More difficult to secure budget when you find a solution
– A clear legal roadmap builds a better internal relationship with IT/Finance/Procurement for faster purchase
Ending up with the wrong technology at the wrong time
– As an example, you may not want to deploy a contract review AI tool before you have contracts stored in a central repository
Not considering interconnectivity and overall simplification of tools
– Planning will help avoid the risk of procuring too much technology that doesn’t work together
Lack of resources to ensure technology success
– A roadmap can help you determine what legal department staffing resources will be required to support implementation efforts, and how to partner with IT for support if you need it
Competitive disadvantage for your organisation
– If your rivals’ legal departments are deploying technology to control costs and doing more with less, and you’re not, you’re operating at lower levels of effectiveness and therefore you’re less competitive. This could result in your company having fewer available funds with which to address more strategic priorities.
How do I ensure I select the right solution for the needs of the legal department?
When vetting technologies, identify your priorities (see sample list of priorities on previous page) and deploy a simple 1-5 scoring system to help you compare and contrast solutions. Evaluate if the solution:
- Is end-user friendly
- Is designed for legal workflows
- Has strong data security and access controls
- Is quick to deploy
- Delivers measurable ROI/cost savings
- Provides an open platform with APIs to connect corporate systems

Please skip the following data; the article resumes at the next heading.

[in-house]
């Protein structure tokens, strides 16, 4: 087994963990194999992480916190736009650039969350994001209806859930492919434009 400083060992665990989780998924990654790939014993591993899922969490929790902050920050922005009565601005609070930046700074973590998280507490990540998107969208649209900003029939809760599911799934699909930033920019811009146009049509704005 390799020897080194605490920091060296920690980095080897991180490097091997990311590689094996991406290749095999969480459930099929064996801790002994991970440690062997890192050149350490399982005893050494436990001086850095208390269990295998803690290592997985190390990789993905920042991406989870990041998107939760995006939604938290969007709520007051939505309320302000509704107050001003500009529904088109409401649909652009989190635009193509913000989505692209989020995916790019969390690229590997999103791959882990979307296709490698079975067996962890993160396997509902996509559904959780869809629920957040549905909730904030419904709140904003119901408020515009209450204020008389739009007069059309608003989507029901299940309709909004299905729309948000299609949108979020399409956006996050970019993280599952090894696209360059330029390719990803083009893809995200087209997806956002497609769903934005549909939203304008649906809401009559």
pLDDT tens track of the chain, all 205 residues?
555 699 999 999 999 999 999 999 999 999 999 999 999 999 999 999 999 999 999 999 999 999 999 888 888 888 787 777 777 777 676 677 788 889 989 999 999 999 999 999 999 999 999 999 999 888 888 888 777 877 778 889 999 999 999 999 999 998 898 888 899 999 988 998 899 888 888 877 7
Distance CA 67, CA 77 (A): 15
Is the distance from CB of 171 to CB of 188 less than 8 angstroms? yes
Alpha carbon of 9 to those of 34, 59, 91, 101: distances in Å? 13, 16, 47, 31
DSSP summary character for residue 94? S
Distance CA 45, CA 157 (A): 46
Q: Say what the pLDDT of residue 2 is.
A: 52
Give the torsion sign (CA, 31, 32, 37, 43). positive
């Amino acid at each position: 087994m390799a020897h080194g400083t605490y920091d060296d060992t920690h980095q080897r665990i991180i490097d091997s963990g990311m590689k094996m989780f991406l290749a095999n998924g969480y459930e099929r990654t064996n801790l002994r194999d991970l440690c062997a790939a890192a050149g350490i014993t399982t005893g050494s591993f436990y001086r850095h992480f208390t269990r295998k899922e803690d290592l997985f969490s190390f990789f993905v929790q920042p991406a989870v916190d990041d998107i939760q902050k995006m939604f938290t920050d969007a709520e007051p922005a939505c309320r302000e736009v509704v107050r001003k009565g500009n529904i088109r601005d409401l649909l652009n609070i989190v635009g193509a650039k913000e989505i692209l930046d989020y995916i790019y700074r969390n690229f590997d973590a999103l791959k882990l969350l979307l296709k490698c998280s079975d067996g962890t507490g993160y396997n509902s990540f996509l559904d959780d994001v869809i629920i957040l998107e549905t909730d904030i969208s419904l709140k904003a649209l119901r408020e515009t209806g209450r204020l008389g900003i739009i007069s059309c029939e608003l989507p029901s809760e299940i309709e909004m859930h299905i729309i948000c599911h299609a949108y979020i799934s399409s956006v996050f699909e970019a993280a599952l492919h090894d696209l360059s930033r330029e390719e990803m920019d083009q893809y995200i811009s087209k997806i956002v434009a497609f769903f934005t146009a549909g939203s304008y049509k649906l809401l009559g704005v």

- Has quality connections to standard business tools like Microsoft® Outlook and Office®
- Integrates with enterprise systems like AP Systems, HR Systems
- Enables easy connection of legal workflows – e.g. between spend and matter management, contract management and eSignature, etc
- Is cloud-based
- Empowers legal department management (or ownership) with no code/low code to make updates and changes
- Delivers valuable reporting and data visualisation
- Uses modern technologies and capabilities
My legal department doesn’t have any technology outside of Microsoft Word and Outlook – where do I start?
When considering core solutions for your legal department:
- Focus on your area of greatest need
- Consider what solutions are:
– Demonstrate a clear return on investment
– Help your organisation minimise risk
In several surveys including the latest Corporate Legal Operations Consortium (CLOC) State of the Industry report2 and the LDO Index, eSigniture and e-billing/spend and matter management are the most widely adopted technologies for in-house legal departments. While some technologies deliver a broad-based approach to helping manage your legal operations, other simple tools like eSignature can yield significant benefits to drive efficiency within your business processes.
The sample list below outlines the most common legal department technologies in terms of what is foundational, advanced, and leading-edge depending on the sophistication of the department.
Ultimately, for your department you should focus on the areas of greatest need based on your prioritised roadmap.
Top 5 ranking of legal department technology solutions in order of importance
- E-BILLING/SPEND & MATTER MANAGEMENT
- LEGAL RESEARCH
- LEGAL HOLD/LITIGATION HOLD
- CONTRACT MANAGEMENT
LDO Index 2022
If you’re on a journey to improve your legal operations technology, the best place to start is with a technology roadmap. It is through this process and the resulting documentation that you’ll more clearly understand what you have, what you need, and how to get there. That way, you are more likely to succeed in controlling cost, driving efficiency, improving effectiveness, and mitigating risk.
To learn more how Thomson Reuters can help your law department demonstrate its value to the business, explore our corporate legal and software solutions.